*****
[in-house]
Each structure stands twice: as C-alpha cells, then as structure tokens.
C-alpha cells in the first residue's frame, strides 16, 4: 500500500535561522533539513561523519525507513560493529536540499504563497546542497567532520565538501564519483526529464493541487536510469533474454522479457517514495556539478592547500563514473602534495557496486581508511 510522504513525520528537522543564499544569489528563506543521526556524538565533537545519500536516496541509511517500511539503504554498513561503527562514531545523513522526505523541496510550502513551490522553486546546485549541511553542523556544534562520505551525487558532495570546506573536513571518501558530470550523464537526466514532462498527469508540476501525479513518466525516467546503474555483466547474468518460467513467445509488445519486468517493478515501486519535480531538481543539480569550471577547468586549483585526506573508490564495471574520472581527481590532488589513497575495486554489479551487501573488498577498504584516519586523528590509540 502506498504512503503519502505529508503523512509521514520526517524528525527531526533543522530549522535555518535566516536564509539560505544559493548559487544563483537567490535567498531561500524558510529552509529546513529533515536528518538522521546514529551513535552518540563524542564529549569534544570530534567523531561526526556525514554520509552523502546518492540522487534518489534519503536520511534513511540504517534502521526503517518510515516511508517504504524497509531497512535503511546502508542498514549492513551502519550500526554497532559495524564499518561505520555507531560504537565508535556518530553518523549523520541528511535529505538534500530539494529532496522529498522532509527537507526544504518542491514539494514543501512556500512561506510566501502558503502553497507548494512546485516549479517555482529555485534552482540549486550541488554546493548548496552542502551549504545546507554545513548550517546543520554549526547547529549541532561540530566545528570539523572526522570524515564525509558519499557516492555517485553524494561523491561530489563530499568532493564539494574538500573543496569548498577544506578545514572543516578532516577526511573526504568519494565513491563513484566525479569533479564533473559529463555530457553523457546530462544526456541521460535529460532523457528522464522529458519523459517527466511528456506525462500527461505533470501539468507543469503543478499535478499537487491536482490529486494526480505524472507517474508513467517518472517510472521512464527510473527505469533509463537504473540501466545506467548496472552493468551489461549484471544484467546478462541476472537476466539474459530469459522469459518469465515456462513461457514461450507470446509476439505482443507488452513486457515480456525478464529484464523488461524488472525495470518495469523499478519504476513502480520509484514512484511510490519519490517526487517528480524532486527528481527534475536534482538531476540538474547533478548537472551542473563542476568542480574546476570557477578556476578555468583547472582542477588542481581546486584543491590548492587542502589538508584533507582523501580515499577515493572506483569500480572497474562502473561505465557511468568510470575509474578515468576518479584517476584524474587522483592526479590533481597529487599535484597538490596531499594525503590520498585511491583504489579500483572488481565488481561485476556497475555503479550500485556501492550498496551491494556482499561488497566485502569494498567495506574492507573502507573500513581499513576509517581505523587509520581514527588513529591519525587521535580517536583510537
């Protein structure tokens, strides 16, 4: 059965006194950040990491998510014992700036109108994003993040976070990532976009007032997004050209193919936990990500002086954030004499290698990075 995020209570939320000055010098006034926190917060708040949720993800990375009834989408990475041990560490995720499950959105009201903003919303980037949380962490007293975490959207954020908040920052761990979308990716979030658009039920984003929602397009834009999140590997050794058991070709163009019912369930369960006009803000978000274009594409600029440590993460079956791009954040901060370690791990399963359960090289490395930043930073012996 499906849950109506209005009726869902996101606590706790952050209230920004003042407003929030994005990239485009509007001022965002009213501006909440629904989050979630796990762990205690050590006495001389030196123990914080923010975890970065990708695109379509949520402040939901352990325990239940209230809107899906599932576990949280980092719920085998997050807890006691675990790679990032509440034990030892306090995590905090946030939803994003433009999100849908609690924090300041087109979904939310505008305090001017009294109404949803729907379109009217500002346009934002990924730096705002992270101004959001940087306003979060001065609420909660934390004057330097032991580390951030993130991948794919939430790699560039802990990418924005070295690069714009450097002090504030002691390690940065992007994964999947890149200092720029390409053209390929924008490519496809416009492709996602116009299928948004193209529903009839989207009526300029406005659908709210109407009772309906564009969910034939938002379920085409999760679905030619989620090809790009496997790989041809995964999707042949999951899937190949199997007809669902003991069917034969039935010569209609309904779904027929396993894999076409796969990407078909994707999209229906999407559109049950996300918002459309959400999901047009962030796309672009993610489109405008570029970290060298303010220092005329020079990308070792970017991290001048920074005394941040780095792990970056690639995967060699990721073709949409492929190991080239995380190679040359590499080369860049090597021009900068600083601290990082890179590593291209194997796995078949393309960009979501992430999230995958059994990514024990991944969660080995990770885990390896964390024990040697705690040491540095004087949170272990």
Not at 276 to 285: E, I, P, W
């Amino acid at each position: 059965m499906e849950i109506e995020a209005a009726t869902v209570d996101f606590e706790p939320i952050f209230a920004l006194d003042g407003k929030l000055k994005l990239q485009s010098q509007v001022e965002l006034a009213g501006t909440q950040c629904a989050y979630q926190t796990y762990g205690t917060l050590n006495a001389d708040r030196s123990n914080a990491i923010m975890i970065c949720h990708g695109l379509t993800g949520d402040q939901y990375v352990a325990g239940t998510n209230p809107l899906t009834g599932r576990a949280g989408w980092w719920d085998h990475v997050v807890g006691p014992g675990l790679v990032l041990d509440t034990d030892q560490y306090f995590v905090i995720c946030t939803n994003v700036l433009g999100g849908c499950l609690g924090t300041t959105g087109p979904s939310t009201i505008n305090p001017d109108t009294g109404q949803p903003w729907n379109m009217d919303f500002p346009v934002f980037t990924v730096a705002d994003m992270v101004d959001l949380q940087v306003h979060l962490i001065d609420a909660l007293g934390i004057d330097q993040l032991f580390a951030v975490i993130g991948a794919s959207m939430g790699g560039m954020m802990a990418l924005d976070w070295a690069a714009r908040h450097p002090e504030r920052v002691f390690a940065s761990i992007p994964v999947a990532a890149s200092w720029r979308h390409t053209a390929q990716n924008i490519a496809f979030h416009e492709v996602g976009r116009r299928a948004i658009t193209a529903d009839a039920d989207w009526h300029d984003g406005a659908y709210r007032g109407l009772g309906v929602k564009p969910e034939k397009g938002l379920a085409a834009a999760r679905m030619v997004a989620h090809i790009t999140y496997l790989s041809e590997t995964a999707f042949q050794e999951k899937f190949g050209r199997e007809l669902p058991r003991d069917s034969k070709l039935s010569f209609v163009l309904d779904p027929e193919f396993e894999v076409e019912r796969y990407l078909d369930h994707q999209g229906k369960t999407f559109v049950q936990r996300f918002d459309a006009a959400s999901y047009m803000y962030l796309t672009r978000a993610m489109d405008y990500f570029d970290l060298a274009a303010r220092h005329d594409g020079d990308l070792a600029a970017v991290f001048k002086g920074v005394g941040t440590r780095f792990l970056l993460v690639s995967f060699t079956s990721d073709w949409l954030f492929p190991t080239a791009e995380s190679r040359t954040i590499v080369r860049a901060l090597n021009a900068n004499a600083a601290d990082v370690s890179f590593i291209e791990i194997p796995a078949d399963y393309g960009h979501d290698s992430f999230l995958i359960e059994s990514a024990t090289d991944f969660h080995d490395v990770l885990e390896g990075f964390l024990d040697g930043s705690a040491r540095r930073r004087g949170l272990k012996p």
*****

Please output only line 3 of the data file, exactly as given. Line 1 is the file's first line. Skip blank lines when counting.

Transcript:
C-alpha cells in the first residue's frame, strides 16, 4: 500500500535561522533539513561523519525507513560493529536540499504563497546542497567532520565538501564519483526529464493541487536510469533474454522479457517514495556539478592547500563514473602534495557496486581508511 510522504513525520528537522543564499544569489528563506543521526556524538565533537545519500536516496541509511517500511539503504554498513561503527562514531545523513522526505523541496510550502513551490522553486546546485549541511553542523556544534562520505551525487558532495570546506573536513571518501558530470550523464537526466514532462498527469508540476501525479513518466525516467546503474555483466547474468518460467513467445509488445519486468517493478515501486519535480531538481543539480569550471577547468586549483585526506573508490564495471574520472581527481590532488589513497575495486554489479551487501573488498577498504584516519586523528590509540 502506498504512503503519502505529508503523512509521514520526517524528525527531526533543522530549522535555518535566516536564509539560505544559493548559487544563483537567490535567498531561500524558510529552509529546513529533515536528518538522521546514529551513535552518540563524542564529549569534544570530534567523531561526526556525514554520509552523502546518492540522487534518489534519503536520511534513511540504517534502521526503517518510515516511508517504504524497509531497512535503511546502508542498514549492513551502519550500526554497532559495524564499518561505520555507531560504537565508535556518530553518523549523520541528511535529505538534500530539494529532496522529498522532509527537507526544504518542491514539494514543501512556500512561506510566501502558503502553497507548494512546485516549479517555482529555485534552482540549486550541488554546493548548496552542502551549504545546507554545513548550517546543520554549526547547529549541532561540530566545528570539523572526522570524515564525509558519499557516492555517485553524494561523491561530489563530499568532493564539494574538500573543496569548498577544506578545514572543516578532516577526511573526504568519494565513491563513484566525479569533479564533473559529463555530457553523457546530462544526456541521460535529460532523457528522464522529458519523459517527466511528456506525462500527461505533470501539468507543469503543478499535478499537487491536482490529486494526480505524472507517474508513467517518472517510472521512464527510473527505469533509463537504473540501466545506467548496472552493468551489461549484471544484467546478462541476472537476466539474459530469459522469459518469465515456462513461457514461450507470446509476439505482443507488452513486457515480456525478464529484464523488461524488472525495470518495469523499478519504476513502480520509484514512484511510490519519490517526487517528480524532486527528481527534475536534482538531476540538474547533478548537472551542473563542476568542480574546476570557477578556476578555468583547472582542477588542481581546486584543491590548492587542502589538508584533507582523501580515499577515493572506483569500480572497474562502473561505465557511468568510470575509474578515468576518479584517476584524474587522483592526479590533481597529487599535484597538490596531499594525503590520498585511491583504489579500483572488481565488481561485476556497475555503479550500485556501492550498496551491494556482499561488497566485502569494498567495506574492507573502507573500513581499513576509517581505523587509520581514527588513529591519525587521535580517536583510537